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Continental Cargo Trailer
I buy an aircraft carrier
Text, photos and video by Tom Hintz
Posted – 10-1-2014
A large percentage of radio control aircraft fanatics (yes, we are fanatics) have an irresistible yearning for more and often larger model aircraft. I repeatedly vowed to stay in the “40 size” aircraft that could be transported in todays’ cars and easier to fund for those of us that recognize the word budget. Despite all this I found myself with that yearning for bigger models.
I had noticed the growing number trailers carrying aircraft to our flying field and the idea of my owning one began making lots of sense to me. Part of my flying day was devoted to carefully packing everything I took to the field into a KIA Soul. I refined the packing sequence to where I could get my 12V car battery and cart, an old Align 450 aluminum case repurposed for my “crash parts and supplies”, my PVC plane stand, brief case converted to carry my charging gear, aluminum two radio case, my pit box, a 60” Extreme Flight Edge 540T-EXP, a Pilot 26% YAK 54 (73”-wing) and two wing bags. When I was going to shoot video for reviews a tripod and a couple cameras had to be snuck in there someplace. Packing was occasionally complicated by having to keep the passenger front seat clear when my wife came with or drove me to the field. If we wanted to go to a flying event somewhere in our car my pop up canopy and chairs might have to drag behind the car on the rope.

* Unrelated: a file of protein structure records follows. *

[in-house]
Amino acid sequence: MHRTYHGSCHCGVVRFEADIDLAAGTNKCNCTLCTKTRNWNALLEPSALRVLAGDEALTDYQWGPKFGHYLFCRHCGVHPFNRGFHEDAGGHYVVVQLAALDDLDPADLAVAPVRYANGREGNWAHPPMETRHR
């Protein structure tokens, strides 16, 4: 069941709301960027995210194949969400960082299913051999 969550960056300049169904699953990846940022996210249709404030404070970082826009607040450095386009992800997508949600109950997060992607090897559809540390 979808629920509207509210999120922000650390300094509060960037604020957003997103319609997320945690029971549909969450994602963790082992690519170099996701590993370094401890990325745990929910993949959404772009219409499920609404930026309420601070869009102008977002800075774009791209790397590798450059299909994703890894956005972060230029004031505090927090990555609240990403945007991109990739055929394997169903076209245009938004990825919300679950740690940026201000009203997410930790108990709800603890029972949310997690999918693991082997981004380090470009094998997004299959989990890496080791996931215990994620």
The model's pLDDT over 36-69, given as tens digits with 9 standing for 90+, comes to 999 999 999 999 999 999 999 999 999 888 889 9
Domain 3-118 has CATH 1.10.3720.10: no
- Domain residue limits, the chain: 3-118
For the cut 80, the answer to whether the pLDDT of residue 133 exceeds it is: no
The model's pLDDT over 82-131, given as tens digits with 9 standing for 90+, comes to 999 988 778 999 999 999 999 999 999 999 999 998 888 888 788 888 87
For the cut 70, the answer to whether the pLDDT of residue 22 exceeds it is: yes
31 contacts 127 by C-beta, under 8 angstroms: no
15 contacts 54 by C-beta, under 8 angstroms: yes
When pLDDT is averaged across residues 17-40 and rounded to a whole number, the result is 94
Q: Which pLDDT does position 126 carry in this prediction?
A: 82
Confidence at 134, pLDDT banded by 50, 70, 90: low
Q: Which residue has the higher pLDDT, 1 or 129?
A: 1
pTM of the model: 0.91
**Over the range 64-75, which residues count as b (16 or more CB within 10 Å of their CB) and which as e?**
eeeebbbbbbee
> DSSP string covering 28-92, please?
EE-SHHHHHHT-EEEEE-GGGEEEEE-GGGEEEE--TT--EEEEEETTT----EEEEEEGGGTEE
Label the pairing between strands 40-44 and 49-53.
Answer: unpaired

A trailer was making lots of sense the more I thought about it. I discovered another issue in that KIA apparently has no faith in the Soul pulling any trailer (oddly in the US only) so as the trailer search got underway we traded the Soul for a KIA Sportage that actually had a tow rating.
As I checked out aircraft trailers I noticed that most were larger than the 5 by 8-foot models I was considering. The fact that all of those were pulled by pickups and full sized SUV’s did not escape me. I also noted that I would have to spend a ton of money to fill up a larger trailer so I stuck with 5 by 8-foot models.
It did not take long to see that there were two distinct levels of quality in 5 by 8-foot cargo trailers with price tags in the $2000 to $2500 range. I had one fellow show me a 5 by 8-foot trailer that he would part with for about $1900 but the top was made from multiple sheets of what looked like galvanized tin that were glued together in full width seams. As if to insure the glue seam would fail this top was just laying on some cross rails and had a good inch of up and down movement that promised to work that glue joint as hard as possible while we trucked down the highway. The interiors of the cheaper models also sucked about as much as the sectional tops. I had looked at a Continental Cargo Trailer earlier that had these “bargain” trailers beat on all counts so returned to the Continental Cargo Trailer dealer and made the deal.